Tail Up, Paws diggin’: Escaping the Silo Work Style
by Heather Kluter
Many years ago, at the start of my career, I worked with the nation’s top home builder. I had the opportunity to join the marketing and product development teams, and I enjoyed the homegrown, family feel of this very successful company. When I had been there for about a year, an executive from a leading CPG company joined the company and brought much needed knowledge. He commented on our work style in what I thought was a very insightful way – like dogs, we were butts up, diggin’.The tree-like structure we operated under naturally created independence from one department to another. We weren’t really working together, and much of our work was disjointed and lacked synergy and strategy.
Later, I joined a struggling auto manufacturer and was excited by the challenge that this “do or die” brand was facing. There are very few product categories as exciting as the automotive category. For decades automobiles have captured the hearts and minds of millions of consumers. While the automotive industry did have a high level of consumer involvement across shopping and ownership experiences, the industry was demonstrably absent when it came to creating a culture of strategic innovation and cross-department innovation and communication. Cultures of rapid innovation are very common in the tech space, but are less likely to be well-developed in Industrial Age Companies such as the Automotive Industry.
I knew from experience that encouraging cross-functional learning and discovery was the best place to start if you want to create a company-wide, strategic culture of innovation. And we did just that. It took almost a decade, but the fruit of our efforts was a cohesive innovation process that involved core and extended teams across the company, from all divisions. We grew new leaders much faster than a traditional hierarchical structure ever would, and the pride, bonding, and morale that came from these structural changes were priceless.
Today, I am lucky to consult with a wide variety of companies—from established Fortune 100 companies to “aggressive” start-ups hoping to reach that level one day. And I still see many who are butts up diggin’. They remain extremely siloed and lack cross-team collaboration. But our most successful engagements come when we can bring together team members from across the client company at the very start, rather than limiting our project development to communication with just one group, such as the insights department. Since those workshops are attended by key executive champions they visibly support the team’s efforts. In all the workshops we have conducted with cross-department executives, because their knowledge and needs were included along the way, the key executives were able to champion the strategy and recommendations developed in the workshop throughout the organization.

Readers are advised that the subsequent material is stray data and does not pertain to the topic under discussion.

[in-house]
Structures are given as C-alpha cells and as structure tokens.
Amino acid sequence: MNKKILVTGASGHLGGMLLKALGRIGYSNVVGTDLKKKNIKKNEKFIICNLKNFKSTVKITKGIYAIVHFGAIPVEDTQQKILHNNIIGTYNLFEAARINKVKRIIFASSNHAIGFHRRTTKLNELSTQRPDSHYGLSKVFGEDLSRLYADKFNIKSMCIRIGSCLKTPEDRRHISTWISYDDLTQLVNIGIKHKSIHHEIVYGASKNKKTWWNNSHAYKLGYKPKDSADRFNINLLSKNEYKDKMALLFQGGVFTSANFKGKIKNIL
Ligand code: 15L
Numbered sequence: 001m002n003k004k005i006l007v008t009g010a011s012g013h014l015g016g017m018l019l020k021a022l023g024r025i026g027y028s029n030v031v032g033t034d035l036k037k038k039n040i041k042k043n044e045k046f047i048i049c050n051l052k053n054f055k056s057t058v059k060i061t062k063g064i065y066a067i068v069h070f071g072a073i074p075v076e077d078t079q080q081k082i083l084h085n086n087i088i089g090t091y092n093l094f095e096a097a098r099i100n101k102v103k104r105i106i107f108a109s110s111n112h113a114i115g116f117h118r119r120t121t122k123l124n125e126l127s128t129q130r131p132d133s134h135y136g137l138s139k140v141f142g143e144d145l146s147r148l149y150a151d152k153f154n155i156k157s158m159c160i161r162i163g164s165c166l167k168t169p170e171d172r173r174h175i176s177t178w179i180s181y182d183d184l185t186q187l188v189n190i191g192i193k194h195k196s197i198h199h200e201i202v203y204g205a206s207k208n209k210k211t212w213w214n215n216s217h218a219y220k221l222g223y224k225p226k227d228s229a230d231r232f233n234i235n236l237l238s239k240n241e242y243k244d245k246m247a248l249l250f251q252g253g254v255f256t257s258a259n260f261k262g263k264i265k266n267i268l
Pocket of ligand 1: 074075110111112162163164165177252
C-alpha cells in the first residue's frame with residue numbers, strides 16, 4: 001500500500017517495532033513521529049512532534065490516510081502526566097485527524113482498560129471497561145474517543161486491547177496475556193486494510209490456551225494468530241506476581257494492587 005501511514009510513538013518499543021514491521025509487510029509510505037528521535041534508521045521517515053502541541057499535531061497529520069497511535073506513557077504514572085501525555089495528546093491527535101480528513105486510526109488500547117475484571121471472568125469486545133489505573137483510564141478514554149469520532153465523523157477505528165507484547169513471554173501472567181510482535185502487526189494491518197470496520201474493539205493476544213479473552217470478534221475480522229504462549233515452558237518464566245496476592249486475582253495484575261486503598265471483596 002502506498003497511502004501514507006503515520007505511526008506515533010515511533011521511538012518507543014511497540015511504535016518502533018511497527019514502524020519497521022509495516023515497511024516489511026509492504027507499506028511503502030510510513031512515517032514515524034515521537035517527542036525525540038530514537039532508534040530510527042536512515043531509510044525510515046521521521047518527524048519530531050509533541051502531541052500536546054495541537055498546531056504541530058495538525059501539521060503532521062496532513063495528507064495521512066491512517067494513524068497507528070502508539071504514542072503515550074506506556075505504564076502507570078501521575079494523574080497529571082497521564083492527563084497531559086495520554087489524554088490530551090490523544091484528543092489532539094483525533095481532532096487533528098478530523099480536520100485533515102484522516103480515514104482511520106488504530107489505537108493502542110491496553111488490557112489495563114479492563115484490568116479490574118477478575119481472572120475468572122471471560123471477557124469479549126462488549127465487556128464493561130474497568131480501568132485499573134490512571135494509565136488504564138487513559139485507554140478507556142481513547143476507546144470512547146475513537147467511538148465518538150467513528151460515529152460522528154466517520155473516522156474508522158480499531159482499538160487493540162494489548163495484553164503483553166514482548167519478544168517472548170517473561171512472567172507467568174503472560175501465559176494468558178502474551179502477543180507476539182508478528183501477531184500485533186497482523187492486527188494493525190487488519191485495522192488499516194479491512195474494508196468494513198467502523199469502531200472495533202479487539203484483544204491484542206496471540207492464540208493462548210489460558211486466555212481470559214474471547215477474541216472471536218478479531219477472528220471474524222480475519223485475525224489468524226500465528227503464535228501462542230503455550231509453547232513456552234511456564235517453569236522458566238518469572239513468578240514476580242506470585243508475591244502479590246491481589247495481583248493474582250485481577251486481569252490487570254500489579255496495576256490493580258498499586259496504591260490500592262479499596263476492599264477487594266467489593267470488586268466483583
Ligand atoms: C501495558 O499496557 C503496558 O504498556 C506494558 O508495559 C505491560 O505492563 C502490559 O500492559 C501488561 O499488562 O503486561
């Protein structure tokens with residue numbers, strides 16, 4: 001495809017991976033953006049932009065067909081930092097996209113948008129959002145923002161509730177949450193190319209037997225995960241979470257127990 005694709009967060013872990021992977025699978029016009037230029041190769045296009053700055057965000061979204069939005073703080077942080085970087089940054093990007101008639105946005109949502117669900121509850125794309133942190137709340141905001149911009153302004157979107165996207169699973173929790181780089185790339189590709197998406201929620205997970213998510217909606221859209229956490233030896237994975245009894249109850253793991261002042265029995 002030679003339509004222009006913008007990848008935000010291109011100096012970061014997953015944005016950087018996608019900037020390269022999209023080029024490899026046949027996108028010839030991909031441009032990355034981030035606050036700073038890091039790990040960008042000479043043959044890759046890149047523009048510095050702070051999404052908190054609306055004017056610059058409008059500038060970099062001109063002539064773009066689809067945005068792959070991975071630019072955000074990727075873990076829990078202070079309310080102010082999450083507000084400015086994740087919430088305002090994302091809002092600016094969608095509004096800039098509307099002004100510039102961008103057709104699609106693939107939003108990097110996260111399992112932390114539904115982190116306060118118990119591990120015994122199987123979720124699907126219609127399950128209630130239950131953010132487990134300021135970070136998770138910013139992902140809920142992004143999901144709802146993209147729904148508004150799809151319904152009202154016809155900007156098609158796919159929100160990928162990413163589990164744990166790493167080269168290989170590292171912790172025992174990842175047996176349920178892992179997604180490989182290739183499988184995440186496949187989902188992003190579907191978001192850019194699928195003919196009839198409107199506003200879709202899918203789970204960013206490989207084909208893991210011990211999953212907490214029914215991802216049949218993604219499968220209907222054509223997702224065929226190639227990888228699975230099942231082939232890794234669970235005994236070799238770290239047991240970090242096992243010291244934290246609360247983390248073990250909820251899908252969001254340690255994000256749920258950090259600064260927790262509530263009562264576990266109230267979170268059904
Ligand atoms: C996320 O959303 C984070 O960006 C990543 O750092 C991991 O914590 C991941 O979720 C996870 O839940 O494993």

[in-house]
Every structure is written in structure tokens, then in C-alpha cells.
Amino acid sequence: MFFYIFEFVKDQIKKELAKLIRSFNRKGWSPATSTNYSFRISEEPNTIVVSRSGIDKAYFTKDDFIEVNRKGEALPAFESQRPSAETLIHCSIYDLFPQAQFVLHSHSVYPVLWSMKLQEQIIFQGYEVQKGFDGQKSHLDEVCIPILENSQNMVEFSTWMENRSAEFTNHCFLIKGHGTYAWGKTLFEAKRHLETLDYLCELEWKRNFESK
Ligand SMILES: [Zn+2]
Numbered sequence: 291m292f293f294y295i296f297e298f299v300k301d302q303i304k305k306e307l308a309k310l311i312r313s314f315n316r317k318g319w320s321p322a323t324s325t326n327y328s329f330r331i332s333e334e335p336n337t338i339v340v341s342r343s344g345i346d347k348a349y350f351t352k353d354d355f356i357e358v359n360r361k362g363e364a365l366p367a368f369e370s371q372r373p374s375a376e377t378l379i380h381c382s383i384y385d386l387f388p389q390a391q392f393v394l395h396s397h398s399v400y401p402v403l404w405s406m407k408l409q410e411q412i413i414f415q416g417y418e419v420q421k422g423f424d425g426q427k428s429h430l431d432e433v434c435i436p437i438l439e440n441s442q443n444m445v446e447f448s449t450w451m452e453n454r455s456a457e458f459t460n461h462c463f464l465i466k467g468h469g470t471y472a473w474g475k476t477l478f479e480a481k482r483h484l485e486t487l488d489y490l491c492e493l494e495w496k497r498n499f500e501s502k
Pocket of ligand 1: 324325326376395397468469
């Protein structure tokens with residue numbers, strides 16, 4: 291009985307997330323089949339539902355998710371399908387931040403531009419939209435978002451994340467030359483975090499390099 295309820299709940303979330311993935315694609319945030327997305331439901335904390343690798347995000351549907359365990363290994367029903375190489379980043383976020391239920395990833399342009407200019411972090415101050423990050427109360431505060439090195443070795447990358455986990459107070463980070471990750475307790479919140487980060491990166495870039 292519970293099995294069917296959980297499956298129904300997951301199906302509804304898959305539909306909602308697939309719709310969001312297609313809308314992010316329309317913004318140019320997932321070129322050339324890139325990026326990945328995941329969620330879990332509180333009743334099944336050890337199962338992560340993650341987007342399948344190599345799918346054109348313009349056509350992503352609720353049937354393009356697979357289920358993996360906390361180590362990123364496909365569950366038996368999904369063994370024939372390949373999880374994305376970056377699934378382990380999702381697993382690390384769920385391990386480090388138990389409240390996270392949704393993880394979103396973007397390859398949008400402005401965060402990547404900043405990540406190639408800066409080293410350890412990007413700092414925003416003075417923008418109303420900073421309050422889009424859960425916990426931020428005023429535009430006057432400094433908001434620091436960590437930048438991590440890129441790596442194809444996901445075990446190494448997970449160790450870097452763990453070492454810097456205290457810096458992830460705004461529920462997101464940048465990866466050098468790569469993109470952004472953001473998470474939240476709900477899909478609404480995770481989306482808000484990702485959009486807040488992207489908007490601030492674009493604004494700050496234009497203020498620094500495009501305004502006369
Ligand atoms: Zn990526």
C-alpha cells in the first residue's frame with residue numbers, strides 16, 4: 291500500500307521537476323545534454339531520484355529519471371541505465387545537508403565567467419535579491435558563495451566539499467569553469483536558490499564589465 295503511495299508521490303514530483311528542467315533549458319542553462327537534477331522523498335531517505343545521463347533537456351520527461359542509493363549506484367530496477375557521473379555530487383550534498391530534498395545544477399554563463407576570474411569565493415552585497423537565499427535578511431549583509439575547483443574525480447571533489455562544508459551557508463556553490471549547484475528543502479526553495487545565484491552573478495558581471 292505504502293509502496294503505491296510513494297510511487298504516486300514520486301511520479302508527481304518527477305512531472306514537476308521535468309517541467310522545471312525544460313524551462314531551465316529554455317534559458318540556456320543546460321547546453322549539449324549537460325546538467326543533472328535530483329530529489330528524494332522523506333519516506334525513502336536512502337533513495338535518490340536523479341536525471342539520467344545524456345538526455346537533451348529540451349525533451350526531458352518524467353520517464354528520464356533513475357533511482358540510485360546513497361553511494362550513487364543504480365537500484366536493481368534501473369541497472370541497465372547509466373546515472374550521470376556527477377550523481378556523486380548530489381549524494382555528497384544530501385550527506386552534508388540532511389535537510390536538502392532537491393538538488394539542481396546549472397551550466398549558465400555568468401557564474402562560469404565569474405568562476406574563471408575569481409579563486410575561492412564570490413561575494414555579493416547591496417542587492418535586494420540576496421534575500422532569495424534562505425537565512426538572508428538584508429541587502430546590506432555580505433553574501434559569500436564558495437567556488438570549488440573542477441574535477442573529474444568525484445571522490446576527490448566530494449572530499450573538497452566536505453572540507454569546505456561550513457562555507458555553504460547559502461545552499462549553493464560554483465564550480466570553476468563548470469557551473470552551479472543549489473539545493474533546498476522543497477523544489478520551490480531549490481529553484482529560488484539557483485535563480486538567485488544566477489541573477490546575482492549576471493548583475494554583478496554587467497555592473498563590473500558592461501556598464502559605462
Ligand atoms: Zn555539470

Those clients realize that the benefits from cross-functional collaboration aren’t just nice to have. They are critical to success in today’s environment. Here’s why traditional, hierarchical org structures don’t work:
- Their executive leadership is uncomfortable with a change in structure and the risk of failure that will come from time to time. Executive support of a cross-silo workplace is critical. A study published in the Harvard Business Review found that projects with a higher-level cross-functional or single high-level executive champion had a 76% success rate compared to just a 19% success rate for those without that support and oversight.
- They require too much time for employees to grow into leaders. Cross-functionality leads to faster learning and quicker skill building. A series of small wins along the way allows employees to grow, or fail while growing, in a safer environment where they may feel more likely to take risks.
- They can’t respond rapidly. They simply aren’t as agile as smaller mixed-team structures.
- They don’t engage employees as well as non-siloed structures do. The O.C. Tanner Institute’s 2020 Global Culture Report found that 79% of employees are suffering from some sort of burnout at work; 40% of those report moderate to severe burnout. Gallup estimates that employees who are checked-out cost the U.S. economy up to $605 billion through loss of productivity. Cross-functional bonding can often minimize that.
- They are more likely to produce lower-quality products and services. Cross-silo projects bring continuous input from the variety of groups that touch a new product or service. Including such diverse knowledge at each step of development allows quality to be infused at every step.
- They inadvertently support poor communication and conflict. Cross-functional teams must learn from the start to communicate effectively and to resolve conflicts. It may seem that the diversity in these teams could be a hotbed for conflict. But the teams have a common goal and will be rewarded for the overall success of their work. Members are not focused just on completing their specific skill set, so conflict can actually be dealt with more effectively and minimized.
The next time you assess your work, your team’s work, and your company’s work, think about the value that work is bringing, either immediately or long term. If you can’t define that value and feel you may be doing a whole lot of unimportant, busywork, you may be butts up diggin’. Contemplate a change!
About the Author
Heather Kluter (firstname.lastname@example.org) is a Senior Vice President, Automotive Research at Decision Analyst. She may be reached at 1-800-262-5974 or 1-817-640-6166.?
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